How to implement a plain-language policy

How to implement a plain-language policy

Once you’ve decided that using plain language in your law firm is the right approach (and I hope I’ve convinced you it is), there’s still the question of exactly how you do this.

It’s hard to know where to start, especially if legalese is deeply ingrained in your organisation. That’s why you need a systematic approach to implementing plain legal language. It can help turn the abstract idea that your legal writing needs reimagining into practical action with measurable success metrics.

This article shows you how to introduce plain-language principles to your legal practice in a manageable and consistent way likely to yield results far sooner than a less structured approach.

Get your colleagues on board

Before you can implement a plain-language policy, you need to have the right people on board. Start by talking to the people most likely to support your aims, then start up an inclusive conversation with your firm’s members who are not yet sold on the idea. My article “What is legalese?” can help break down misconceptions around plain language and what it means to “write like a lawyer”.

It’s also a good idea to have some case studies to hand. Start with my handy guide featuring examples of organisations and law firms transformed by adopting plain legal language.

Audit your legal documents

If you want to implement plain legal writing but don’t know where to start, review your existing legal documents to see where there is room for improvement.

Get as many people as possible to read the same documents and give feedback on their clarity and conciseness, and whether they think the average reader could understand them.

Come up with a plan of action

Implementing a plain-language policy can be time-consuming. Depending on your firm’s size, available resources, and priorities, it’s worth having a plan of what you want to achieve.

When Citibank experienced PR problems in the 1970s, it introduced plain language by focusing on the document most in need of change: an infamous 3000-word promissory note that even their staff didn’t fully understand.

What is your firm’s equivalent of Citibank’s promissory note? Identify the one document most in need of change and start there.

Set yourself goals

When implementing new processes or systems, you need to define what you hope to achieve.

Do you want to save time spent negotiating contracts? Do you want to win repeat customers by being more transparent? Do you want more referrals by communicating more clearly?

Whatever your goals, write them down. That way you can know when you’ve achieved them.

Seek outside advice

As a law firm, you have a lot going on, and even the best will in the world won’t make you an expert in plain language overnight. When Australian law firm Mallesons Stephen Jaques implemented a plain legal language policy in the mid-1980s, they were happy with their initial efforts. Still, when they brought in a plain-language expert, he “pulled them to pieces”, ultimately saving them much time in the end.

Understand your audience

The most important insight that Mallesons Stephen Jaques learnt was to consider their audience when writing documents. This approach makes sense if you think about it. You don’t talk to an elderly relative like a close friend or speak to a partner like a judge. So why would you treat all your clients the same?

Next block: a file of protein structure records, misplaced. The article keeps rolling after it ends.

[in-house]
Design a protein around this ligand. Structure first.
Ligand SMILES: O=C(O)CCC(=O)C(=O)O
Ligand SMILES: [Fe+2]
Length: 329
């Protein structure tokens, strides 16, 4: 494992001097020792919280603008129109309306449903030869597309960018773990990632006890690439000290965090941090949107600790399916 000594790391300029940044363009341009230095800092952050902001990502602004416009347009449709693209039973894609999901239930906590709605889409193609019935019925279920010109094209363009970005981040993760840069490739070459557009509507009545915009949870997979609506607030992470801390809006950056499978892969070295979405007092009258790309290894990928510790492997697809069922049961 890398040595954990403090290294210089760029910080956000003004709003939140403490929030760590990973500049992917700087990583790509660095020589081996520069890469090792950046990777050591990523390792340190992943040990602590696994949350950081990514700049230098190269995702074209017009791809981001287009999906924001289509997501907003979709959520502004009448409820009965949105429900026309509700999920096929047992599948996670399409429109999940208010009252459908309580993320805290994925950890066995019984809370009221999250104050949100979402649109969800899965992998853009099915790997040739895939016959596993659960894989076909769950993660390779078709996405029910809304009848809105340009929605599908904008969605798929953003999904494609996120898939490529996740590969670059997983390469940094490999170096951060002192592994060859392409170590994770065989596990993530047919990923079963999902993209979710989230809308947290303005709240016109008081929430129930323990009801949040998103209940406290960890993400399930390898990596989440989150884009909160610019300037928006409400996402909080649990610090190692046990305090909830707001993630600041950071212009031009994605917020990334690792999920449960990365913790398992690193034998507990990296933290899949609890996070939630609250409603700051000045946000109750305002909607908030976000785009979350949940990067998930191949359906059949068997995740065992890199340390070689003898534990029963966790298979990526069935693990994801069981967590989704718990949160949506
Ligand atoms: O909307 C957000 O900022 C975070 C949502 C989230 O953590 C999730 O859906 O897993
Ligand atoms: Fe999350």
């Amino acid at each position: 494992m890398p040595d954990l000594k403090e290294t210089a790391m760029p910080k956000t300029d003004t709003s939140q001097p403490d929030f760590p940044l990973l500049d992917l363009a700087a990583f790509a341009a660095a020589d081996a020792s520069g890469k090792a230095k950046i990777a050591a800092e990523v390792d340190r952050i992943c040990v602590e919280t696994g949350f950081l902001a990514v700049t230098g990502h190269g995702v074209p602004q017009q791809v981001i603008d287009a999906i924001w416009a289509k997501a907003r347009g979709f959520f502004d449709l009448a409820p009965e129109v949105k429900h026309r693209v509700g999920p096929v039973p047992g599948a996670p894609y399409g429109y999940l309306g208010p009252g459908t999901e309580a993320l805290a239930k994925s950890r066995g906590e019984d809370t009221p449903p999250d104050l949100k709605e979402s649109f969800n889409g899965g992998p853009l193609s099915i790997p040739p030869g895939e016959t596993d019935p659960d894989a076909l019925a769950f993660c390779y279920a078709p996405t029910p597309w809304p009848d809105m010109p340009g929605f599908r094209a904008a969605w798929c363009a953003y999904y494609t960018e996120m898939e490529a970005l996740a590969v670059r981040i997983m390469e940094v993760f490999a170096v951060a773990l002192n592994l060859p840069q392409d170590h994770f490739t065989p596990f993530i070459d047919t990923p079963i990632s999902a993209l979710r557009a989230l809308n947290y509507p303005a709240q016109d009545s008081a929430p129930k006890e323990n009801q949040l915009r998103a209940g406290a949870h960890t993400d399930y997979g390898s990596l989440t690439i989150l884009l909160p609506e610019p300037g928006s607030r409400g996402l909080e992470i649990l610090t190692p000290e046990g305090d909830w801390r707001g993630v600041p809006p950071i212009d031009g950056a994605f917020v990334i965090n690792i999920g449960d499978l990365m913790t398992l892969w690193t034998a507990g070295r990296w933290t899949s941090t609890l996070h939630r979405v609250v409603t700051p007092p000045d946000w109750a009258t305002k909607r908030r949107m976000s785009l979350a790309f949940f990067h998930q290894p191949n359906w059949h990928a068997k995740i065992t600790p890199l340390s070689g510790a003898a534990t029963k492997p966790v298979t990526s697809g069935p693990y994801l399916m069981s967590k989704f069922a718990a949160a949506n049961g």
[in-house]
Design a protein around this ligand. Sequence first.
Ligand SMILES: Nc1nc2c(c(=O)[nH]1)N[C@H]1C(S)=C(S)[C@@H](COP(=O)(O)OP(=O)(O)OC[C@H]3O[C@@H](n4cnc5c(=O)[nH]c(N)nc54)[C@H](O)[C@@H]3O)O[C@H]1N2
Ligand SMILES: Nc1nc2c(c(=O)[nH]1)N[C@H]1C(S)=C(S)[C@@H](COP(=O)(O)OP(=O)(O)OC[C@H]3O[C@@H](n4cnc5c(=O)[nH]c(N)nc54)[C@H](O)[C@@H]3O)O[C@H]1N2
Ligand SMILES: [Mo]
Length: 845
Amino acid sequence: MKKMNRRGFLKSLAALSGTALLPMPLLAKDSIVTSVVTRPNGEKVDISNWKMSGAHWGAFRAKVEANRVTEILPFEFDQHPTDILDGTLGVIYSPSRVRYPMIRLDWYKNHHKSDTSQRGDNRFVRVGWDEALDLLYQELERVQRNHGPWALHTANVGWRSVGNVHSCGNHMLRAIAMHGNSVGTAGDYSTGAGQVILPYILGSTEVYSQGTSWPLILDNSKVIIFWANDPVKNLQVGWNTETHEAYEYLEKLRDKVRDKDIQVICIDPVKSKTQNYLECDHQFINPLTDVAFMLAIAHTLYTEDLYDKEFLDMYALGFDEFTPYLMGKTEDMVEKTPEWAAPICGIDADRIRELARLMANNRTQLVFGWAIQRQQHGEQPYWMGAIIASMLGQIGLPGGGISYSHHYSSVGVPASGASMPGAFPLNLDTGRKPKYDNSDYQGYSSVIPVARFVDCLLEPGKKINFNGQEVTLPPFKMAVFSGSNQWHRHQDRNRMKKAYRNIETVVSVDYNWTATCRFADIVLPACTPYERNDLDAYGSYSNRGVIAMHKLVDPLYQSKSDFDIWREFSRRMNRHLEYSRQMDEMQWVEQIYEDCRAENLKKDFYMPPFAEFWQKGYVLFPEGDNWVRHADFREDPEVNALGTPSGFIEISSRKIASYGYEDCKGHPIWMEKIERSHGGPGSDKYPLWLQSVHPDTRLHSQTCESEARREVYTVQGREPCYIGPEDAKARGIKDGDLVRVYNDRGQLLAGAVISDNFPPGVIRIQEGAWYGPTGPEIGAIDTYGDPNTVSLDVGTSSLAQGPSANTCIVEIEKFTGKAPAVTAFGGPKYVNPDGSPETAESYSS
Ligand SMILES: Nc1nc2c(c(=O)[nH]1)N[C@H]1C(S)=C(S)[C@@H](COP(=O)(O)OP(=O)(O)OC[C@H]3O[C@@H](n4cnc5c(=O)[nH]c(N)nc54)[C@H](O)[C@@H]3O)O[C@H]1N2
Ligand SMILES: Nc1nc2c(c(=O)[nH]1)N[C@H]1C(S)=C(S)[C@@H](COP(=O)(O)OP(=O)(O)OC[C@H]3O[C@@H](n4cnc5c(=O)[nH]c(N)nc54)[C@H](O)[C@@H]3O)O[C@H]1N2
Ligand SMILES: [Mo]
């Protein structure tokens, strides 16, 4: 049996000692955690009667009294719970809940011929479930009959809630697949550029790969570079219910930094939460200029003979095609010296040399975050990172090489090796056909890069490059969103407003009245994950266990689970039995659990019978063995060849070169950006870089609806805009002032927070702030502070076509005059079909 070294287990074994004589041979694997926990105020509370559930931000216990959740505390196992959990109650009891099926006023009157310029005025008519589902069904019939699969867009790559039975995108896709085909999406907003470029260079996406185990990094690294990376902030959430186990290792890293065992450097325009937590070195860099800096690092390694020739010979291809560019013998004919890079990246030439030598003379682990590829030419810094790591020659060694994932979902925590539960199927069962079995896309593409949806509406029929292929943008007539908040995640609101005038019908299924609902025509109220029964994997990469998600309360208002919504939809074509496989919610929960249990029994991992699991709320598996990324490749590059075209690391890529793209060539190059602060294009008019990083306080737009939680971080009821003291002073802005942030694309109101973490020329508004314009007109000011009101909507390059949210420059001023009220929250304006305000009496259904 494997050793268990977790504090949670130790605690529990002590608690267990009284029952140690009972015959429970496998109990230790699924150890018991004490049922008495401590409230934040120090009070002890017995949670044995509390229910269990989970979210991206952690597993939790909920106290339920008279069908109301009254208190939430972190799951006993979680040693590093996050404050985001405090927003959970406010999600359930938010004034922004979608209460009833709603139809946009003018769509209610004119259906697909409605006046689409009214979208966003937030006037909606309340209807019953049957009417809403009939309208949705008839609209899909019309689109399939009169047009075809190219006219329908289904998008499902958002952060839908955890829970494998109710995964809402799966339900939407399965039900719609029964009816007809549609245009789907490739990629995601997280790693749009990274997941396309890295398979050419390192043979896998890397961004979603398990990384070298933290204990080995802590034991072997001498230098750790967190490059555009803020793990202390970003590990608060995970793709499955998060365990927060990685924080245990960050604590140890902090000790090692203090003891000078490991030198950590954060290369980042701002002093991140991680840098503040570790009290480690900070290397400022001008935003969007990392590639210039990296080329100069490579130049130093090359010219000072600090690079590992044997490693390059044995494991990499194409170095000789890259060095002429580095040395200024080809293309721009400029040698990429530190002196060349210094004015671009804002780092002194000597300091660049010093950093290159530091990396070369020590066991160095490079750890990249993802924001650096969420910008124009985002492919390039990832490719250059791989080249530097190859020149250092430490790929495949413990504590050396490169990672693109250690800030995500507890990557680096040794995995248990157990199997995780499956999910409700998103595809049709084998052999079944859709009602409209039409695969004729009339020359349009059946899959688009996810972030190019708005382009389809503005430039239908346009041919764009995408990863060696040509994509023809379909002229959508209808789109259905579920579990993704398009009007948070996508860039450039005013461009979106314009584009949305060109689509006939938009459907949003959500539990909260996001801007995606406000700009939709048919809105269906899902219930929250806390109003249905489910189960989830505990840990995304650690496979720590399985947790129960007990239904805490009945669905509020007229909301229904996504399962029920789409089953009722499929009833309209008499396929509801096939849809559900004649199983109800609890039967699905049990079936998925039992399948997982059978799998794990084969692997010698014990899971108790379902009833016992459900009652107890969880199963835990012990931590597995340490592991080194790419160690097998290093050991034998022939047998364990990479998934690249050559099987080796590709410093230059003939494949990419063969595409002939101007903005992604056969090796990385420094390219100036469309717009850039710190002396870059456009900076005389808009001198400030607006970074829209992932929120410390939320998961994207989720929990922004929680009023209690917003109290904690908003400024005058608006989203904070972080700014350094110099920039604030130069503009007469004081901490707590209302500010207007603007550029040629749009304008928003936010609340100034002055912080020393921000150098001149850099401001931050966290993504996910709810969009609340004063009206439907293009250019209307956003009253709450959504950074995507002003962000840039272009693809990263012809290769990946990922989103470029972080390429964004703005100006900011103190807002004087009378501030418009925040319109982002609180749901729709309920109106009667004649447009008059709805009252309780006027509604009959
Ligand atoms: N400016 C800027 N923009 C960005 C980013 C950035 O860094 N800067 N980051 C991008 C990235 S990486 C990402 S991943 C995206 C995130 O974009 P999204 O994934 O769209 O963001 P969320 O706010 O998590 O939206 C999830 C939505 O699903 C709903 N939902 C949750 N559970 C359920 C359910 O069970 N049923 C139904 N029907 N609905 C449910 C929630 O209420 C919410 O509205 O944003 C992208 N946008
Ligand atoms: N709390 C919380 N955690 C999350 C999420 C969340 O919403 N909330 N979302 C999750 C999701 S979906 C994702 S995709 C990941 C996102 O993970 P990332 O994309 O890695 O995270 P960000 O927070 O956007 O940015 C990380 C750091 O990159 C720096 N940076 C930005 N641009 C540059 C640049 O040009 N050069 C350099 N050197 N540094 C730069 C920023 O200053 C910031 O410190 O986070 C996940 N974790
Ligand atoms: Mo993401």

Whom you are writing for is key to how you communicate with them effectively; plain language isn’t just about the legal documents you draft, but about the emails you send, and how you talk to people in face-to-face consultations.

Create a plain-language repository

Legal writing is often inaccessible because lawyers base their drafting on texts they studied at law school, and whatever documents circulate in their firm. Examples mindlessly passed down from one generation of lawyers to the next: often poorly drafted, badly structured, and full of inconsistencies.

To implement plain language, you need to change the default mindset you enter when drafting legal documents. A great way to do this is to read plain-language legal documents and orientate yourself in this new approach to writing, which can feel alien at first. Gather examples together in a shared folder for all your team to access.

You can find plenty of examples of these legal documents online, like this PDF of Citibank’s plain-language promissory note (this has changed over the years but is a good reference point).

Test, test, test!

Ultimately, you won’t know how effective your new plain-language documents are until you start using them. Once you’ve rewritten a contract in plain language, approach the correct person at your client for feedback. If you’ve drafted a new employment contract, for instance, ask the HR manager whether it facilitates their recruitment process.

Consider their comments. And if your new documents aren’t hitting all the right notes, go back to the drawing board. The more engaged your client feels in the process, the better the outcome will be.

The secret to writing plain-language documents is to understand the experience of the person using them. A tenancy agreement for a student room looks nothing like a commercial lease. A car rental agreement for tourists differs from a lease buyback agreement for a company needing to turn depreciating equipment into cash. Each document’s typical user will have different experiences, skills, and expectations.

I hope this short guide to implementing plain legal language in your firm has given you a feel for what you’ll need to do. If you want assistance in creating plain-language documents, please get in touch. Let’s identify your firm’s document most in need of change and get the ball rolling.